In the mid 1990s, as a grad student, I went to do my fieldwork in Shanghai and Beijing ready to ask the wrong questions. At the time, sinology was heavily influenced by questions of civil society and how it might emerge in China. I was sure that new technology startups (called minying keji qiye, or non-governmental technology enterprises) could be a significant source of opposition to the Chinese Communist Party and the state. During the Tiananmen protests, some prominent technology entrepreneurs had played important roles. Wan Runnan, founder of Stone Computer, was forced to flee China after he provided tactical advice, logistics, money and cell phones to the students. Stone had an internal think tank that had sponsored a conference on constitutional reform, and, despite having been favored by the Beijing government as a model of local innovation, a rectification team purged the company of liberal influences. The remaining managers made a public self-criticism in July 1989.
During my first set of interviews, I essentially asked managers and founders of tech companies how their interests differed from the governments and what they planned on doing about it, though I am sure I had framed the question less obtusely. The interviewees looked at me as if I had lost my mind. They did not see the government as an opponent. They wanted the government’s attention because they needed access to capital, technology, and talent. The challenge was to find the right type of government support, what people called being a good mother in law (hao po po). A local government that acted like a good mother in law was always on the search for opportunities for new companies and provided loans and other support, but did not interfere with the relations between husband and wife—in the internal workings of the company. The focus of my dissertation (and first book) shifted from state-society relations to industrial policy.
Last week’s reporting on the Great Cannon raised the question of the autonomy of Chinese technology and Internet companies again. Uncovered by researchers at the Citizen Lab at the University of Toronto and International Computer Science Institute at the University of Berkeley, the Great Cannon hijacks traffic and directs it at GreatFire.org, a site that runs mirrors of other sites blocked in China, and GitHub, a software coding site that was also hosting content Beijing found objectionable. In particular, the cannon orchestrates these attacks by injecting malicious scripts into connections to Baidu, the Chinese search giant.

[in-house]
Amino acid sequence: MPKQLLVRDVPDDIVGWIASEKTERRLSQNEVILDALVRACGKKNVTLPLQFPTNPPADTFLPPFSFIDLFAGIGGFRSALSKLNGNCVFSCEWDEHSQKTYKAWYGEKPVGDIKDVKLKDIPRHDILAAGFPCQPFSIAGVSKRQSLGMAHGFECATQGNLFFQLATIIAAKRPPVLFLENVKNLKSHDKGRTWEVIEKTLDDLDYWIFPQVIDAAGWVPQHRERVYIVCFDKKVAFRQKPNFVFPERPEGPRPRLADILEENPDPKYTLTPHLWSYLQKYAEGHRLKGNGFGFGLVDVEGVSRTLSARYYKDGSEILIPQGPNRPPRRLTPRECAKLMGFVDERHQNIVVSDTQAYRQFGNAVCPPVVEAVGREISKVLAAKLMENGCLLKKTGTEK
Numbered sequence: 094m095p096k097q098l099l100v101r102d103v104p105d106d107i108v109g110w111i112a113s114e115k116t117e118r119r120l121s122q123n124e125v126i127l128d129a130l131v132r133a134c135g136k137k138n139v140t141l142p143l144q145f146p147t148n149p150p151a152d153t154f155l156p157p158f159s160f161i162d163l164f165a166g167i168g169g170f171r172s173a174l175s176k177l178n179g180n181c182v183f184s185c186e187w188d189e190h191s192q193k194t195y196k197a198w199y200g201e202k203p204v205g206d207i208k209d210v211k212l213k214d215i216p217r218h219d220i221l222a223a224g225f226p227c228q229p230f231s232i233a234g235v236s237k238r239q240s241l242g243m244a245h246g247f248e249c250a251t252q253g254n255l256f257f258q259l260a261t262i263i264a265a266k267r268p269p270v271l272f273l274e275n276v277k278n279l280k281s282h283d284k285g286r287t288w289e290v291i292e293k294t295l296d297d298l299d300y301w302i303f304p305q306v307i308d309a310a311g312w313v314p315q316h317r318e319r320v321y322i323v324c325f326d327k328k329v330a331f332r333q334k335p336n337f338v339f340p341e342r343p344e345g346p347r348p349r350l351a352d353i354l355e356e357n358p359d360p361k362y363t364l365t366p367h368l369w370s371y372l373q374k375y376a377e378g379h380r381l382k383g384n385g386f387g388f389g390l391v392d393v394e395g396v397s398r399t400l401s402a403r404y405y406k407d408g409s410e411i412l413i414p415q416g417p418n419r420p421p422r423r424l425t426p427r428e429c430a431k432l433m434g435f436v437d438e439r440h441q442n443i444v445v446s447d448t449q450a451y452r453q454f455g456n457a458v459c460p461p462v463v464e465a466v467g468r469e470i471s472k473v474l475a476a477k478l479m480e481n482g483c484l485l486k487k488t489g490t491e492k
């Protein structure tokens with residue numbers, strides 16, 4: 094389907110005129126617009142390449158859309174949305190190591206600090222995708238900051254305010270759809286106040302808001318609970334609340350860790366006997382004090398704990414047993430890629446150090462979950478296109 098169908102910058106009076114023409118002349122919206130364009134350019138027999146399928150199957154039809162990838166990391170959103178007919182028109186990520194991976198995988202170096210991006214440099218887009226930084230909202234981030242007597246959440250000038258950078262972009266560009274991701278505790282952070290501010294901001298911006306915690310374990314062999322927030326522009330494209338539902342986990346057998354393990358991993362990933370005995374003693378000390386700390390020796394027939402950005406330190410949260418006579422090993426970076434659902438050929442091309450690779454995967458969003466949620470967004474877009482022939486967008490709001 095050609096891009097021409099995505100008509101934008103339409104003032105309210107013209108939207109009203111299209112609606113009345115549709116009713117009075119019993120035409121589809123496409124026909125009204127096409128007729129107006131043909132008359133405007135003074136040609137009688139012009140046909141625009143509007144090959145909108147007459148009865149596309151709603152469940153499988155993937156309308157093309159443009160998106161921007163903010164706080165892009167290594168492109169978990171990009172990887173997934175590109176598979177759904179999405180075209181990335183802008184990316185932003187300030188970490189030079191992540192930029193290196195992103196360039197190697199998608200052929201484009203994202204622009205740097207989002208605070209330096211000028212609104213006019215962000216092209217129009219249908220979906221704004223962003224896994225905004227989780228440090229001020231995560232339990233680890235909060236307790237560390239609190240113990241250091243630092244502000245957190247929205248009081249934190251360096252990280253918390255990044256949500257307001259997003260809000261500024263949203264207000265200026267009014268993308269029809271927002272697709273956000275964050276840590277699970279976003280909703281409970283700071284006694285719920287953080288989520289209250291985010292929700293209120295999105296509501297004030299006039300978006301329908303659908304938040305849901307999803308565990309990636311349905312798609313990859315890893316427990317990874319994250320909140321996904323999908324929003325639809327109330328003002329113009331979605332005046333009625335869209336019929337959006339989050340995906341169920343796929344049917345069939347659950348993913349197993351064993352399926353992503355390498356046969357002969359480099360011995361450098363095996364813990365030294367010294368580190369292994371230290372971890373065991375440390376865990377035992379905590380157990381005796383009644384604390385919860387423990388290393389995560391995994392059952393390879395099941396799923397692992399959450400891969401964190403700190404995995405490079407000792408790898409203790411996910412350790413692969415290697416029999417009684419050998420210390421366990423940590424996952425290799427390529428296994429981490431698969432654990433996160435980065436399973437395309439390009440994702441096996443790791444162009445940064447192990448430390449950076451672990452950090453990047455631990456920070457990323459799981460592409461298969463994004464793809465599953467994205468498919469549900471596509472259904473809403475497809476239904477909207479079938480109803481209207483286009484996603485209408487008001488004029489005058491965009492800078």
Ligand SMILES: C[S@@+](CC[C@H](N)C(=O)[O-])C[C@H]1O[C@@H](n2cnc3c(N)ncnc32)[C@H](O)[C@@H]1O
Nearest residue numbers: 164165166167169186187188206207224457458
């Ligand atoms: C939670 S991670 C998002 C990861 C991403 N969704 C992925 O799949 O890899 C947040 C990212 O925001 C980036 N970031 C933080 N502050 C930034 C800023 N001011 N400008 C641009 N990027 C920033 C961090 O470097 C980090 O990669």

If the Chinese government is behind the attacks, and there is every reason to believe that it is, then the Great Cannon is a notable instance of Beijing extending censorship and its conception of cyber sovereignty on to the global Internet. The authors of the report also argue that the use of Baidu in the attacks is evidence “that the Chinese authorities are willing to pursue domestic stability and security aims at the expense of other goals, including fostering economic growth in the tech sector.” In addition, exploiting Baidu undermines Beijing’s stated goal of helping Internet companies increase their presence in international markets.
Huawei, Xioami, and other Chinese technology companies have encountered issues of trust as they have entered foreign markets, due to questions of use of data and relations with the Chinese government. It appears as if the Great Cannon exploited Baidu without the company’s knowledge (and Baidu has denied involvement in the attacks), but Baidu’s reputation could easily suffer. This dynamic will be familiar to Silicon Valley, which has faced increased scrutiny in Europe and other markets because of NSA programs that exploited the infrastructure of Google, Yahoo, Facebook, and other Internet companies.
There must be some interesting discussion within Chinese technology companies these days. Twenty years ago it was too early to ask companies if they could see some conflict between their and the government’s interests. Once companies have customers in multiple international markets they may tend to identify themselves as less Chinese and more as global firms. This has been the history of U.S. and European tech companies. The definition of a good mother in law may be expanding to include: "don’t interfere with the integrity of our data services."